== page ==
#4 – Eat enough (and the right kinds of foods) to fuel up your body throughout the day.
You may have already chosen a diet program to follow in order to lose weight. Maybe you cut carbs or sugar, or switched to a whole foods program. You might even simply be cutting calories or using mindful eating.
Just make sure you’re getting enough food, because it fuels your metabolism and ultimately helps you keep the weight off for good. Of course, not every food will help with this situation. Sugary donuts won’t help as much as lean protein, for example.
#5 – Stop drinking alcohol.
Even if you’re only a weekend drinker, your metabolism might take a hit if you consume wine, beer or other alcoholic beverages. The reason for this is that your body focuses on alcohol digestion first, so it ignores the food calories you have consumed, slowing it down to a crawl and causing some of it to be turned into fat stores.
#6 – Improve your sleep habits.
If you’re running on fumes, it’s hard for your body to have a fast metabolism. Find out why you’re feeling sluggish and tired. It might be that you’re using technology before bed and finding it hard to get or stay asleep.
Or maybe it’s other sleep hygiene issues, such as uncomfortable bedding, a room that’s too warm, or too much noise in the bedroom. Target the problem, make changes and see if your body is able to begin burning fat faster.
Have you ever gone on a diet and set unrealistic fitness goals for yourself? Maybe it was something like, “lose 30 pounds in 2 weeks” or “run a marathon in 10 days” (when you’d never run in your life).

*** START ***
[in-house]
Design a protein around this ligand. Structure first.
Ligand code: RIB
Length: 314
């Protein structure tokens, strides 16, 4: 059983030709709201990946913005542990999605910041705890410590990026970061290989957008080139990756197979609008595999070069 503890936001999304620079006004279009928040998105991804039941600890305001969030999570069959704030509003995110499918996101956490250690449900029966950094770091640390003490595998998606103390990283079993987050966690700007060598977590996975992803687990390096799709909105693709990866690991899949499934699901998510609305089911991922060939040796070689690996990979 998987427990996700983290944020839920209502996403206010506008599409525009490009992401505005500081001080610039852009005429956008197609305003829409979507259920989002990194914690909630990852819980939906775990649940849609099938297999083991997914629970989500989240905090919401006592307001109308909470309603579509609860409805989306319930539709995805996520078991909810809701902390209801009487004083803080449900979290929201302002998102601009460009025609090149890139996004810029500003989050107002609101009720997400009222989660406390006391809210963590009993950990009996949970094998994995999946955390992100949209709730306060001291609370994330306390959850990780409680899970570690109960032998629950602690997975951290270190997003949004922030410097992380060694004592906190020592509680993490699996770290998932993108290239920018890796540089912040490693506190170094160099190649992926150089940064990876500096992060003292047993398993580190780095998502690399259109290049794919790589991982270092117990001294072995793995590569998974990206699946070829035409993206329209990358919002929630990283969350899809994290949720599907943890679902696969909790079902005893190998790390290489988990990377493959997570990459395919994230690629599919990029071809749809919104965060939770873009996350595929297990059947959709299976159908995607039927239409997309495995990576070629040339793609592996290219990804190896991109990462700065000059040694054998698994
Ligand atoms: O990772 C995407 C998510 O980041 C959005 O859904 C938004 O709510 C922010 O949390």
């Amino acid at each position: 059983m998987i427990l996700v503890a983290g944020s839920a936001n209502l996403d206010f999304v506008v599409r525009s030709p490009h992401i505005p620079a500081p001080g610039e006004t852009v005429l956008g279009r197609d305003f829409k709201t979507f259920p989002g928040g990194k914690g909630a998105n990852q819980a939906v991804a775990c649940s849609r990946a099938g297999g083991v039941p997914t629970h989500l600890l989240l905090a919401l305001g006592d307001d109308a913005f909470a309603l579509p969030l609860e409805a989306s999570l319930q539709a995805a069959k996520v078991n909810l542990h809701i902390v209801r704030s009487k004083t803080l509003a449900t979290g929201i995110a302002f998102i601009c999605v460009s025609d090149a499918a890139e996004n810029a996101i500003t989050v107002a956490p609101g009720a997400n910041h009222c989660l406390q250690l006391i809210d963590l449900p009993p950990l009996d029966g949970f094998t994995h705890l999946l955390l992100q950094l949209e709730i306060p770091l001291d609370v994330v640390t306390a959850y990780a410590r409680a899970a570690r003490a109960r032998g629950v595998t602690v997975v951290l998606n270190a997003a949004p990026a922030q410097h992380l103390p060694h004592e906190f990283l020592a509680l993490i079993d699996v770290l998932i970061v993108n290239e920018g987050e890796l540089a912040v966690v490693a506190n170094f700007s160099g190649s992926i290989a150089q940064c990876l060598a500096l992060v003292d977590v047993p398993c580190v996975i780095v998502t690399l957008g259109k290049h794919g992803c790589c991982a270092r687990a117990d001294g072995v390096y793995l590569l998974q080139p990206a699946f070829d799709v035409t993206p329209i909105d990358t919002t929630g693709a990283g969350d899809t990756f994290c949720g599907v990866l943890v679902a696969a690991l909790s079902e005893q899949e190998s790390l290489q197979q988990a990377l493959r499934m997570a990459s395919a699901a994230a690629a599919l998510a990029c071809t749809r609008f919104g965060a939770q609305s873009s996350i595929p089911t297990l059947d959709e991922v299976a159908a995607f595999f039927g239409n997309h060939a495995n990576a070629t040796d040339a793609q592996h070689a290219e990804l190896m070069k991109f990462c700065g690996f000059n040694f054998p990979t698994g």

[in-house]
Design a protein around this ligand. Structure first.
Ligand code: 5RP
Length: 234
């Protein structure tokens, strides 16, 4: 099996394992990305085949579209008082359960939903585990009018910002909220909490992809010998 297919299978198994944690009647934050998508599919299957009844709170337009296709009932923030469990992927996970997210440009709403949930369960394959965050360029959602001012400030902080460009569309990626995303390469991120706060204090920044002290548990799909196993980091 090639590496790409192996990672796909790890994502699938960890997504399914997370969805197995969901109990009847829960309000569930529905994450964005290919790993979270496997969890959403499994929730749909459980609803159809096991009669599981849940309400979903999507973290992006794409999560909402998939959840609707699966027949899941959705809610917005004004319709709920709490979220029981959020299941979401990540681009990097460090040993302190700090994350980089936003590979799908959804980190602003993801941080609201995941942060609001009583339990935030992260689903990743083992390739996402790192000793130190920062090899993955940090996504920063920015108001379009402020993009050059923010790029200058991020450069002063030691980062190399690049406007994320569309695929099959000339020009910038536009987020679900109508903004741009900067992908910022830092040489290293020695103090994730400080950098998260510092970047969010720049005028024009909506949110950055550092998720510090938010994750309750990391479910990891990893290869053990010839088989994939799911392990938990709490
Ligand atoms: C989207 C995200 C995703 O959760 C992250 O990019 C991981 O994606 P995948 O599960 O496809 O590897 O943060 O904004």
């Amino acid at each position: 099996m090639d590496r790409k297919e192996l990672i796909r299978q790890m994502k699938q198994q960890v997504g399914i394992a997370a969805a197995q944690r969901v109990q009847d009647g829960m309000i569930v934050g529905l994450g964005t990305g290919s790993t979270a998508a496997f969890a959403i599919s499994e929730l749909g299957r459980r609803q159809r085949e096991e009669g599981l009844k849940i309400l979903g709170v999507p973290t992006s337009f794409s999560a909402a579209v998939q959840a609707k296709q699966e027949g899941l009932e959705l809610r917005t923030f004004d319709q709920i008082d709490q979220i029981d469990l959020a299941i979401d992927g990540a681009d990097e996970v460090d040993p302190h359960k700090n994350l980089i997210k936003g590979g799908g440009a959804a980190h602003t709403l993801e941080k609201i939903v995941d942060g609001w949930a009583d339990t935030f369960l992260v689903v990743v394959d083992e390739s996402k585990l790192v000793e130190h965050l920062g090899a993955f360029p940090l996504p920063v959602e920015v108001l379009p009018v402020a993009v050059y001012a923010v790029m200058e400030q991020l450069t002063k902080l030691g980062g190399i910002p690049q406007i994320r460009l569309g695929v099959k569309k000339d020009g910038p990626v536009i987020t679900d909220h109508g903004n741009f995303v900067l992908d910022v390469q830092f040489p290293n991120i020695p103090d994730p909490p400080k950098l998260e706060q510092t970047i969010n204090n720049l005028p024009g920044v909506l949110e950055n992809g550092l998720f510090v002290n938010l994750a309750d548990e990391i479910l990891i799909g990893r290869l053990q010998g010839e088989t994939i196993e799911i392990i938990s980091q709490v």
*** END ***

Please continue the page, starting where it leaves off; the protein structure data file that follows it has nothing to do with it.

This kind of self sabotage is what typically keeps people fluctuating with their weight over the course of the years. One day you’re fully committed, and the next day you’re fully overwhelmed.
This year, set your goals the right way. Keep long term success in mind when you do it. You’d much rather lose the weight permanently than lose it fast, but gain it all back (and more) a few months down the road, right?
Start with the goal to implement better health habits that contribute to your weight loss, but don’t connect directly to it in an obvious manner. For example, keep stress lower this year.
Stress eating is a major source of diet failure. So learn how to lessen or manage your stress so that you don’t turn to food whenever a situation arises. Another diet failure stems from lack of sleep.
If you’re running on fumes every day, it’s going to lower your metabolism and cause you to reach for sugary, caffeine-laden snacks and drinks that artificially give you energy, only to make you crash a short time later.
This kind of rollercoaster makes you eat to get through your day. So work on your sleep regimen by implementing proper sleep hygiene and sticking to a schedule that gives you plenty of rest to get through your day without help from unhealthy snacks.
Next, focus directly on your nutrition. Make small changes, rather than drastic ones. Pick a new habit to implement each week, such as portion control or less sugar or sodium.